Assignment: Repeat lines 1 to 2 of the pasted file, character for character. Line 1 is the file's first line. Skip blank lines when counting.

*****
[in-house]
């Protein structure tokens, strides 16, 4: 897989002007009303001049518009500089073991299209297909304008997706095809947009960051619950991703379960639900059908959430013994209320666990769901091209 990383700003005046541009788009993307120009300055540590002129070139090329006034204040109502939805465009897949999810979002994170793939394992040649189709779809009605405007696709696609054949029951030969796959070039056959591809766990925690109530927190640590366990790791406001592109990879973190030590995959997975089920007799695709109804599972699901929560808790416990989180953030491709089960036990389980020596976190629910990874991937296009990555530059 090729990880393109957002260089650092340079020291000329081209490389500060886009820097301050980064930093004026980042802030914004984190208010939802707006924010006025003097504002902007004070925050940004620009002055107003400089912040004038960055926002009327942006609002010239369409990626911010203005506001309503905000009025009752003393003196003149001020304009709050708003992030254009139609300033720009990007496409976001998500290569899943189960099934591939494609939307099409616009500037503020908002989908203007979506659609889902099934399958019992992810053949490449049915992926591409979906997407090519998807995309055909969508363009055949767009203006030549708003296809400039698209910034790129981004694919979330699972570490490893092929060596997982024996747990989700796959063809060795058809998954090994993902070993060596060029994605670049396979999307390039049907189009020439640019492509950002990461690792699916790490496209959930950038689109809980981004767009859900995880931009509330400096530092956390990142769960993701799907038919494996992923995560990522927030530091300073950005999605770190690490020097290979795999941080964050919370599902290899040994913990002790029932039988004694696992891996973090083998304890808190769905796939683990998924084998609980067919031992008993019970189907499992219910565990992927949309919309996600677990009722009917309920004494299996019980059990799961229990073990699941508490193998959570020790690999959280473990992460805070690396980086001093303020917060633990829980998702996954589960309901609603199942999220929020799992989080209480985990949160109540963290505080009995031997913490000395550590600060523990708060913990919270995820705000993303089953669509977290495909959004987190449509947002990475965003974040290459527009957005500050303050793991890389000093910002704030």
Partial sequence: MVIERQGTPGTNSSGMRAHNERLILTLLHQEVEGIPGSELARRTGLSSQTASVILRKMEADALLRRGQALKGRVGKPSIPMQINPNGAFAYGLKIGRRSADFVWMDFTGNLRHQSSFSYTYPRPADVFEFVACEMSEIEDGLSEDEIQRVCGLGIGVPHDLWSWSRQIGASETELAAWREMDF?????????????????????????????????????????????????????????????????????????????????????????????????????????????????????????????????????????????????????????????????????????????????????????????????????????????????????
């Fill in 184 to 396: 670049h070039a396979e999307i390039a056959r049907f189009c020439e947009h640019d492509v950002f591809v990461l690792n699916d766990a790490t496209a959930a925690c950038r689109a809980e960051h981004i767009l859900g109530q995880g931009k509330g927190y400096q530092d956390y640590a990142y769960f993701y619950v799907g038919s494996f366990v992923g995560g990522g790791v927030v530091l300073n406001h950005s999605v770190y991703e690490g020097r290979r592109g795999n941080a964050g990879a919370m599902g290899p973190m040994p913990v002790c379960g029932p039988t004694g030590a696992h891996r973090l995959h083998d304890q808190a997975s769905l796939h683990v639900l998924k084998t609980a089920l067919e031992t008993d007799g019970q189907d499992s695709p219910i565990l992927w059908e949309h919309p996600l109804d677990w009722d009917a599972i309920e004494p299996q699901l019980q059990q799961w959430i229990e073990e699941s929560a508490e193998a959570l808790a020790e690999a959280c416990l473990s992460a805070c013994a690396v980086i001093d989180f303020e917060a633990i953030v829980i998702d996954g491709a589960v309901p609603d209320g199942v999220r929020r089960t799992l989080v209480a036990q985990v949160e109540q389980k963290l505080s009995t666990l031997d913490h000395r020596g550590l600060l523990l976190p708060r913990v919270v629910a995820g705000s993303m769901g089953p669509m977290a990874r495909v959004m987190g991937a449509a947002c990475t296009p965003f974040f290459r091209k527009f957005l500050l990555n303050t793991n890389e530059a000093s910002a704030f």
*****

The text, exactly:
[in-house]
């Protein structure tokens, strides 16, 4: 897989002007009303001049518009500089073991299209297909304008997706095809947009960051619950991703379960639900059908959430013994209320666990769901091209 990383700003005046541009788009993307120009300055540590002129070139090329006034204040109502939805465009897949999810979002994170793939394992040649189709779809009605405007696709696609054949029951030969796959070039056959591809766990925690109530927190640590366990790791406001592109990879973190030590995959997975089920007799695709109804599972699901929560808790416990989180953030491709089960036990389980020596976190629910990874991937296009990555530059 090729990880393109957002260089650092340079020291000329081209490389500060886009820097301050980064930093004026980042802030914004984190208010939802707006924010006025003097504002902007004070925050940004620009002055107003400089912040004038960055926002009327942006609002010239369409990626911010203005506001309503905000009025009752003393003196003149001020304009709050708003992030254009139609300033720009990007496409976001998500290569899943189960099934591939494609939307099409616009500037503020908002989908203007979506659609889902099934399958019992992810053949490449049915992926591409979906997407090519998807995309055909969508363009055949767009203006030549708003296809400039698209910034790129981004694919979330699972570490490893092929060596997982024996747990989700796959063809060795058809998954090994993902070993060596060029994605670049396979999307390039049907189009020439640019492509950002990461690792699916790490496209959930950038689109809980981004767009859900995880931009509330400096530092956390990142769960993701799907038919494996992923995560990522927030530091300073950005999605770190690490020097290979795999941080964050919370599902290899040994913990002790029932039988004694696992891996973090083998304890808190769905796939683990998924084998609980067919031992008993019970189907499992219910565990992927949309919309996600677990009722009917309920004494299996019980059990799961229990073990699941508490193998959570020790690999959280473990992460805070690396980086001093303020917060633990829980998702996954589960309901609603199942999220929020799992989080209480985990949160109540963290505080009995031997913490000395550590600060523990708060913990919270995820705000993303089953669509977290495909959004987190449509947002990475965003974040290459527009957005500050303050793991890389000093910002704030």